The ADA provides that no employer "shall discriminate against a qualified individual with a disability because of the disability of such individual." 42 U.S.C. § 12112. Under the ADA, a "disability" is defined as "a physical or mental impairment that substantially limits one or more of the major life activities of such individual . . ." 42 U.S.C. § 12102(2). The complaint alleges that Buckley is a rehabilitated "alcohol/substance abuser." Based on this allegation, this Court found, in its previous opinion of December 22, 1995, that Buckley had adequately alleged a "disability" under the ADA. This Court also found, however, that the complaint failed to state a claim because it failed to allege that Buckley was discriminated against on the basis of that disability. Rather, the complaint alleged that he was terminated because he was unable to provide a urine sample due to a bladder condition that prevented him from urinating in public or on command. Because the complaint alleged in only the most conclusory fashion that his bladder condition was a disability under the ADA, the Court granted Buckley leave to replead to correct this deficiency.
In his amended complaint, Buckley concedes that his bladder condition is not a disability under the ADA. He alleges, however, that Con Edison's drug testing procedure is not reasonable, and therefore, violates the ADA. Section 12114(b) specifically states that "it shall not be a violation of this chapter for a covered entity to adopt or administer reasonable policies or procedures, including but not limited to drug testing, designed to ensure that an individual described in paragraph 1 or 2 is no longer engaging in the illegal use of drugs." 42 U.S.C. § 12114(b). Buckley alleges that Con Edison's drug testing was not a reasonable policy or procedure because it required a urine sample within an alloted period of time.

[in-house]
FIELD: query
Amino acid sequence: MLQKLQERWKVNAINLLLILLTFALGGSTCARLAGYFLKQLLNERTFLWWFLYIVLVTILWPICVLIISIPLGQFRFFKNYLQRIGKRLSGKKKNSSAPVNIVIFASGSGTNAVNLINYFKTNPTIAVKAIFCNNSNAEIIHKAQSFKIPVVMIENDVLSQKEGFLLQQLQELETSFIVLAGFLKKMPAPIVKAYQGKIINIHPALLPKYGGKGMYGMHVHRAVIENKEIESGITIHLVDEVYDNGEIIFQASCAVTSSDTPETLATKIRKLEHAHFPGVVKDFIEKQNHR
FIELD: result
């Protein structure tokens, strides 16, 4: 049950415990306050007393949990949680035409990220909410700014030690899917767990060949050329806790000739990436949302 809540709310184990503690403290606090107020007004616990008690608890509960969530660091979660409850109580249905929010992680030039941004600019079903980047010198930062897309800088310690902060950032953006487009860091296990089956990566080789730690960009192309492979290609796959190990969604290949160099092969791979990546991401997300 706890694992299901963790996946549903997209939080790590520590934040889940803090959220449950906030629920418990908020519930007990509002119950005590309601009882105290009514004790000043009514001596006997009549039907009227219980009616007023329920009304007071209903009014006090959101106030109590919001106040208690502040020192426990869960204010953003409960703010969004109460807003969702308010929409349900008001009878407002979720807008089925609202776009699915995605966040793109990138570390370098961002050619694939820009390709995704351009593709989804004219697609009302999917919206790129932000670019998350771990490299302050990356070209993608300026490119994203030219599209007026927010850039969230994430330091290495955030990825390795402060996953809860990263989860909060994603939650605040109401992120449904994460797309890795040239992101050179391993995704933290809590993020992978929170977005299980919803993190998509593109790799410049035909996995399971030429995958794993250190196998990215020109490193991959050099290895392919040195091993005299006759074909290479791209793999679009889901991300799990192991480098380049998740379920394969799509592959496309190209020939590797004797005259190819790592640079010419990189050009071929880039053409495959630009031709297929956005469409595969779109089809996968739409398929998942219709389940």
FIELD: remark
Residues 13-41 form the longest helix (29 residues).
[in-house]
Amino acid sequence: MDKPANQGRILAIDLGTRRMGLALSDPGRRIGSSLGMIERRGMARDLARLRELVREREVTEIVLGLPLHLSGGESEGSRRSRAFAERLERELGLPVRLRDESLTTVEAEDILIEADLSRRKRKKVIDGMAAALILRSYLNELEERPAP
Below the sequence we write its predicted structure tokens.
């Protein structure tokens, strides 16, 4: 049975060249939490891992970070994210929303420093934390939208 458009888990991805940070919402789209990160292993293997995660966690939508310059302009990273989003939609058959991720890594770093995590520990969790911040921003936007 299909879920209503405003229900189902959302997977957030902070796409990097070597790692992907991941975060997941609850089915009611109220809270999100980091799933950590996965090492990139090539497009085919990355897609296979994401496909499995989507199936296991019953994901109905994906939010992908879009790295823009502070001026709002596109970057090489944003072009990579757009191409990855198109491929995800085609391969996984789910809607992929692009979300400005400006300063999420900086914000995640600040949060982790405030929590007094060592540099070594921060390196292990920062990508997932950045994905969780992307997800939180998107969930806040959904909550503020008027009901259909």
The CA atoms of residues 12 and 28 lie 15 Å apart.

Section 12114(b), however, merely makes clear that, although a rehabilitated drug abuser is not exempt from the term "qualified individual with a disability," drug testing by an employer does not violate the ADA. It does not provide that unreasonable drug testing is a per se violation of the ADA. Rather, § 12112 defines what conduct is prohibited under the ADA. Under § 12112, drug testing, like any other conduct, violates the ADA if it fails to accommodate reasonably "the known physical or mental limitations of an otherwise qualified individual with a disability," 42 U.S.C. § 12112(b)(5)(A), or otherwise "discriminate[s] against a qualified individual with a disability because of the disability," 42 U.S.C. § 12112(a), (b). Cf. Loder v. City of Glendale, 28 Cal. App. 4th 796, 34 Cal. Rptr. 2d 94, 103 (1994)("While it is true that . . . the Americans with Disabilities Act . . . [does not] prohibit drug testing, it is only reasonable to require that if drug testing is to be conducted, it may not be implemented in a manner which constitutes a de facto violation of the act.").
In his amended complaint, Buckley has not alleged that Con Edison's drug testing procedures unreasonably failed to accommodate his disability as an alcohol/substance abuser. Rather, he continues to allege that, in requiring a urine sample within a specified period of time, Con Edison's procedures unreasonably failed to accommodate his bladder condition. Because Buckley concedes that his bladder condition is not a disability under the ADA, however, Con Edison's failure to accommodate it cannot constitute a violation of the ADA.
In conclusion, defendant's motion to dismiss the complaint is granted. The Clerk of the Court is directed to close the case.
Dated: White Plains, N.Y.
July 31, 1996
Barrington D. Parker, Jr.